- Trader envy: It can be challenging to watch day traders make 1000% returns with quick trades while you wait seven years to double your money.
- Big win potential: The main benefit of being a day trader is the potential for quick, huge returns. While an investor makes 10% per year, the trader could make 10% daily.
- Work from home: Thanks to information technology, a day trader can work from anywhere on earth with nothing but a computer and an internet connection.
- Significant risk: Day trading avoids all sound investment advice. Large amounts of capital are invested in single stocks while trying to predict an unpredictable market. Most day traders lose money.
- Full-time job: When done correctly, day trading requires as much time commitment (or more) as any other job. It’s not a quick and easy way to get rich – or a way to avoid hard work.
When is Investing or Trading a Good Option?
Neither trading nor investing is inherently better or worse. The value of each strategy depends on the situation, personality, and goals of the person involved.
Questions to Ask Yourself
- What is my tolerance for risk?
- Can I afford to lose all the money I use to trade – financially and emotionally?
- How much time can I commit to researching and analyzing stocks?
- Do I have the discipline to stick to a trading plan?
- How close am I to retirement?
- What kind of profits do I want to gain?
Answering these questions will help you decide which strategy is most suitable for you.
You should invest if…
- You have a low tolerance for risk
- You can’t afford to lose your investment
- You have a career that you love
- You don’t have significant time to analyze stocks
- You want to protect and grow your savings
- You are content with modest profits
You should day trade if…
- You have a high tolerance for risk
- You have extra capital to gamble or lose
- You want to be your own boss
- You have strong market knowledge
- You are not nearing retirement
- You want big profits
Our Opinion: Investing Is the Better Option for 90% of People
For most people, investing is the strategy they should choose – at least in the beginning. First, set up a safe, diversified, long-term investment plan. As you learn more about how the stock market works, you can consider riskier trades with capital you can afford to lose.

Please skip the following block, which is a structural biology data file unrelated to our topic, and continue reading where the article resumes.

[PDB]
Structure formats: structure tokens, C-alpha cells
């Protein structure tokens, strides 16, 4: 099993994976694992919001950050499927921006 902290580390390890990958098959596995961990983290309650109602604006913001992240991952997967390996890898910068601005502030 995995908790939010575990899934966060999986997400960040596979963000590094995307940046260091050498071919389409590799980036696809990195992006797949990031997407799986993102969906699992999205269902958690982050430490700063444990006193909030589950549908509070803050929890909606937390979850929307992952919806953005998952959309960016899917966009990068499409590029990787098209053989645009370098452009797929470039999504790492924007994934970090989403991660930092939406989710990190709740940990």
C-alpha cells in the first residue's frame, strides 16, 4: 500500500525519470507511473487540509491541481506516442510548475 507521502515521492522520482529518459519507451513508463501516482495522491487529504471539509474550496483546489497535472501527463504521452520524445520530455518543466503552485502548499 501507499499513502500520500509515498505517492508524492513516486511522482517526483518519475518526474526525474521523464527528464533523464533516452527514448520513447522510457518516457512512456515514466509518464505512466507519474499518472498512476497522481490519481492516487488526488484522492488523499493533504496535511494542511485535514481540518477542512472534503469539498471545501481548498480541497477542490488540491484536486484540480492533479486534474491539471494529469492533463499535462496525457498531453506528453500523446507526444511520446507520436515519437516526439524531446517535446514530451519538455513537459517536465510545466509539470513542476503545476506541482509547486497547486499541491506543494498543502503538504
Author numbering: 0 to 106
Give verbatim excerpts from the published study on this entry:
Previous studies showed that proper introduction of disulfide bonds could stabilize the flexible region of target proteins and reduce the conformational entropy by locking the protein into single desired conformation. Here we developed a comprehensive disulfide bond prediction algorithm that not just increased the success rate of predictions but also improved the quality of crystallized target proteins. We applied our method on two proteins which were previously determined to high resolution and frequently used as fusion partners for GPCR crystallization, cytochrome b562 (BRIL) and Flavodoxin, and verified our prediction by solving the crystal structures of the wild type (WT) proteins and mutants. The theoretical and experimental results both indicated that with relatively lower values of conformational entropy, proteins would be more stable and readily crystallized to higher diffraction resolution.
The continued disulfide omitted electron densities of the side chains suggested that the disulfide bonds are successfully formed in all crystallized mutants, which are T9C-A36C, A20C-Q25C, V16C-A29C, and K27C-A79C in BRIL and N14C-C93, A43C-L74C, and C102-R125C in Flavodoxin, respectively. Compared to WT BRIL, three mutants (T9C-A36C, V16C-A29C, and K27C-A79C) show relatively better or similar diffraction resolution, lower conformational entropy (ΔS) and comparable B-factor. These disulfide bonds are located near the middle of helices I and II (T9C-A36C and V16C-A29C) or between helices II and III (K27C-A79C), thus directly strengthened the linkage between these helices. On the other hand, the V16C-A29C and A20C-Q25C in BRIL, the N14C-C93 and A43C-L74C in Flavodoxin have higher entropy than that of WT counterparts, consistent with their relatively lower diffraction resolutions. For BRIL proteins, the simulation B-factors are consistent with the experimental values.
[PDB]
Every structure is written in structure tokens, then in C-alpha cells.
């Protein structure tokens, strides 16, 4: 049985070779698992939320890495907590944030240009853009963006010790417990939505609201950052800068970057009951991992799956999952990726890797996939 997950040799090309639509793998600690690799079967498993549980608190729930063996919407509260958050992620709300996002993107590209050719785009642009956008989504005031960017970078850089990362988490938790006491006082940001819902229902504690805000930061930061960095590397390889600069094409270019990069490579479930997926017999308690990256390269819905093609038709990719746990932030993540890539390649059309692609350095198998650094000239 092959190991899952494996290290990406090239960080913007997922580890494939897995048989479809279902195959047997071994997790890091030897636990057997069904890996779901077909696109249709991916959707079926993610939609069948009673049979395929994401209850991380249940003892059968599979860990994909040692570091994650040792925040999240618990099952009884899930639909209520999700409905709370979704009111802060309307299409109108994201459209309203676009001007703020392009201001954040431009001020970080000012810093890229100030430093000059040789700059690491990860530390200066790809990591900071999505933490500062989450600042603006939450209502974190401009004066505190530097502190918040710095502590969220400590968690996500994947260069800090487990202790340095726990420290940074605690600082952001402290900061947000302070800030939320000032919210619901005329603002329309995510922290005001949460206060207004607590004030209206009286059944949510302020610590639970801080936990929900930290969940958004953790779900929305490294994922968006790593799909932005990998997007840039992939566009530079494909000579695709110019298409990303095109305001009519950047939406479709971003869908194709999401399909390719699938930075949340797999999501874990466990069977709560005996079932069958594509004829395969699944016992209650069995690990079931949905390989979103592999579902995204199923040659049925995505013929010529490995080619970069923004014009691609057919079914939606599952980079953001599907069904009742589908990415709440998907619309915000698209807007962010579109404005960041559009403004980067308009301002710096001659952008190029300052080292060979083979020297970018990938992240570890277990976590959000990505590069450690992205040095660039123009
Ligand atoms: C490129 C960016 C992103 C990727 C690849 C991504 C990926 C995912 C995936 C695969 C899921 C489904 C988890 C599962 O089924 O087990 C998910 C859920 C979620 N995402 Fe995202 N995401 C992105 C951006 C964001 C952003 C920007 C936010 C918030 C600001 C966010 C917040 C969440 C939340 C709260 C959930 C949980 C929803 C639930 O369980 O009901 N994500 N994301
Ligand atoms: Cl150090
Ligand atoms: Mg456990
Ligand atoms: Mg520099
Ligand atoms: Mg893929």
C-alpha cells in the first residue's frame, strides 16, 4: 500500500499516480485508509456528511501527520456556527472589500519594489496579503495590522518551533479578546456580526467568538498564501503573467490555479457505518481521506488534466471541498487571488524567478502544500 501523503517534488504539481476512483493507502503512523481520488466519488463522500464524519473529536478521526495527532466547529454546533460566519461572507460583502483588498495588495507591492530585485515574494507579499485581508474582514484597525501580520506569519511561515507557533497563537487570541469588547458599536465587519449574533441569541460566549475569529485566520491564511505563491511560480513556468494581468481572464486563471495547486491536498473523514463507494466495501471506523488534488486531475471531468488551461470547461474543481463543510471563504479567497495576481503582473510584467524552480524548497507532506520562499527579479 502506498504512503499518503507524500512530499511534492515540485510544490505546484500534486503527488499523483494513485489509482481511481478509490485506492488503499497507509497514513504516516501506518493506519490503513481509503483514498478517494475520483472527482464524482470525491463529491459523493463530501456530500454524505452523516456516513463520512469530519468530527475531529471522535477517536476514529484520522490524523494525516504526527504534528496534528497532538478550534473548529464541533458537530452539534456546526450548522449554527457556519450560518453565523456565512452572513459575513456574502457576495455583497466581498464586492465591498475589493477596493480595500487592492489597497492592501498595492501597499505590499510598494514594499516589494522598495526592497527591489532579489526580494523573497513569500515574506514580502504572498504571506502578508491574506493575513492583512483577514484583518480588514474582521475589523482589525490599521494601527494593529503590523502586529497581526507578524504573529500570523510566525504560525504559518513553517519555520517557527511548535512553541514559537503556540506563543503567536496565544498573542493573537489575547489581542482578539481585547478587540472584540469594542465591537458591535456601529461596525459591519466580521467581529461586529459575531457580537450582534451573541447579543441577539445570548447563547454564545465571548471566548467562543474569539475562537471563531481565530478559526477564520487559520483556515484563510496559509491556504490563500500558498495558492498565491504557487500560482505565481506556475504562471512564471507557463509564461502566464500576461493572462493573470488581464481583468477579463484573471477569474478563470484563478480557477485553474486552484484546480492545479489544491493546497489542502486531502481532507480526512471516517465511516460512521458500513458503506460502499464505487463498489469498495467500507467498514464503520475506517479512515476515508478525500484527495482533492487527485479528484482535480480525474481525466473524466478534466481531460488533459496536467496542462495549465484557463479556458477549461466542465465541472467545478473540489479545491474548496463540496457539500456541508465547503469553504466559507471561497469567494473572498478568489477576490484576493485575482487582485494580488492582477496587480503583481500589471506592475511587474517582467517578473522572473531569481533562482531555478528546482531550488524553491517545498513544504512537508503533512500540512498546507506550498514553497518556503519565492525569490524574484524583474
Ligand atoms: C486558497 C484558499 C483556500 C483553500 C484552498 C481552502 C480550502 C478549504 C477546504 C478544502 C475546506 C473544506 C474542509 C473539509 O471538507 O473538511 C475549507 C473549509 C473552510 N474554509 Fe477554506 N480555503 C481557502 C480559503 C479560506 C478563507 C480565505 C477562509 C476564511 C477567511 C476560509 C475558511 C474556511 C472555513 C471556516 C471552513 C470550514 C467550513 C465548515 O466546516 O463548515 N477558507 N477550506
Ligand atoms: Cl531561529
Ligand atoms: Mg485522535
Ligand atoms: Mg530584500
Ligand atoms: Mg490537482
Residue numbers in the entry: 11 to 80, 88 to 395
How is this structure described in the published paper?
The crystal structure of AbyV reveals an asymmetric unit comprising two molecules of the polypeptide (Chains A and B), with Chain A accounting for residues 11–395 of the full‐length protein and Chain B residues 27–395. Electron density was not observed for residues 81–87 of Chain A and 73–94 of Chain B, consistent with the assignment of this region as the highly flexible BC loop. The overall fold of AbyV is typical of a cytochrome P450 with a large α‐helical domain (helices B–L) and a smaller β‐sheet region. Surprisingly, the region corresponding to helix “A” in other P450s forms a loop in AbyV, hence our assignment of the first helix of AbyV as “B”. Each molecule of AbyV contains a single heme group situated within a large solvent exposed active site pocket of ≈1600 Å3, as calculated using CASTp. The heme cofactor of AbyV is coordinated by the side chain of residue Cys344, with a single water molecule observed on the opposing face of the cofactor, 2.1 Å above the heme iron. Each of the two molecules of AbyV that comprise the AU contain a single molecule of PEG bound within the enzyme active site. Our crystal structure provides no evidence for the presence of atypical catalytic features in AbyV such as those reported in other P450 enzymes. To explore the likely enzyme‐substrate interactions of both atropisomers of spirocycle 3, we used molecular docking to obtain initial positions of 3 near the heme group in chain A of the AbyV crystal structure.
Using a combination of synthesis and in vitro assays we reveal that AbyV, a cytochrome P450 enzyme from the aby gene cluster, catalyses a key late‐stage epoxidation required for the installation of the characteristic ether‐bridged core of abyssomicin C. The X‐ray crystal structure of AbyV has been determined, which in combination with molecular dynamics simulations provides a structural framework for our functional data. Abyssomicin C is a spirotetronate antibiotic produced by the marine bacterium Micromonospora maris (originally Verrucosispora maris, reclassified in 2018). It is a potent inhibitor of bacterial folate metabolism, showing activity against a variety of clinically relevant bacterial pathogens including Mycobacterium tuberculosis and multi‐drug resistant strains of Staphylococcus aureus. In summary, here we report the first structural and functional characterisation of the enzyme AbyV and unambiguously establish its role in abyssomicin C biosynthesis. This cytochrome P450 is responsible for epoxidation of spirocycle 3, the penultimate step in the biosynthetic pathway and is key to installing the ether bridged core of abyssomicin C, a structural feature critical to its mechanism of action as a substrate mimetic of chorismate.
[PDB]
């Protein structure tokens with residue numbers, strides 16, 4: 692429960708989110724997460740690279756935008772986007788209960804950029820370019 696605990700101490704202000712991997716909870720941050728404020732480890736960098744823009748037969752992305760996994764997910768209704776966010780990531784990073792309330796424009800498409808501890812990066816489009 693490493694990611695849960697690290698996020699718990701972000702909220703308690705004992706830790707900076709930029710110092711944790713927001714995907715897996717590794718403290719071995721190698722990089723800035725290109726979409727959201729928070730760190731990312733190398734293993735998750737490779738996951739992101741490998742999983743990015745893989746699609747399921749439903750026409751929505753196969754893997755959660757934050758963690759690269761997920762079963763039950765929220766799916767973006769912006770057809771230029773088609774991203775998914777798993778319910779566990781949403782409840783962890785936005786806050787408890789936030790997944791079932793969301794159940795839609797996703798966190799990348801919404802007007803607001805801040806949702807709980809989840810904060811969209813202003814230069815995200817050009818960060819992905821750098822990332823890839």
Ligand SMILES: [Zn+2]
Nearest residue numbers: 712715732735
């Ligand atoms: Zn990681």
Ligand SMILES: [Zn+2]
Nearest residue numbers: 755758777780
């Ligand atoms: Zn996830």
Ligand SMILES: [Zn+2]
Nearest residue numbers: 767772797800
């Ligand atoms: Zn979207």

No rule says you must choose one strategy or the other. The reality is that most people involved in the market use a combination strategy. Parts of their portfolio are composed of long-term positions, and other parts are reserved for short-term trades. The key is to understand the difference between both and trade wisely.
We hope you now have a better understanding of how investing and day trading are different and which approach might be best for you. If you are interested in more great content about personal finance, stay tuned to the Stock Market Eye blog.
Investing in stocks of some kind and building up a robust liquid saving account is crucial for good financial health. Though they are both necessary elements of a proper portfolio, they are not identical. Knowing the difference between the two is essential, as is knowing when it’s best to choose one over the other.
There are more than a few disparities between savings and stock accounts, one of which is the risk factor. A savings account is essentially risk-free, although it has a much lower return rate than stocks, which offer high returns with increased risk.
Your goals are also important. Stocks tend to cater towards more long-term goals, while a savings account has much more fluidity, ranging from short to long-term goals.
Differences Between a Savings Account and Investing in Stocks
When saving money, you’re obviously not spending it, but more importantly, you’re putting it somewhere accessible for future use. That can be a savings account, a CD (certificate of deposit), or even physically storing it in a shoe box under your bed.
Investing money requires using capital to buy specific assets, such as stocks, bonds, or real estate. The goal is to grow your money and earn profits over time.
Though many people use the words “saving” and “investing” interchangeably, there are some key differences between the two:
- Risk and Return: Perhaps the most significant difference between the two is their risk and return. Savings accounts earn a bit of interest (very tiny), but FDIC-insured accounts carry zero risk. Investments can make you much more over time, but they can also lose you money if the market turns south.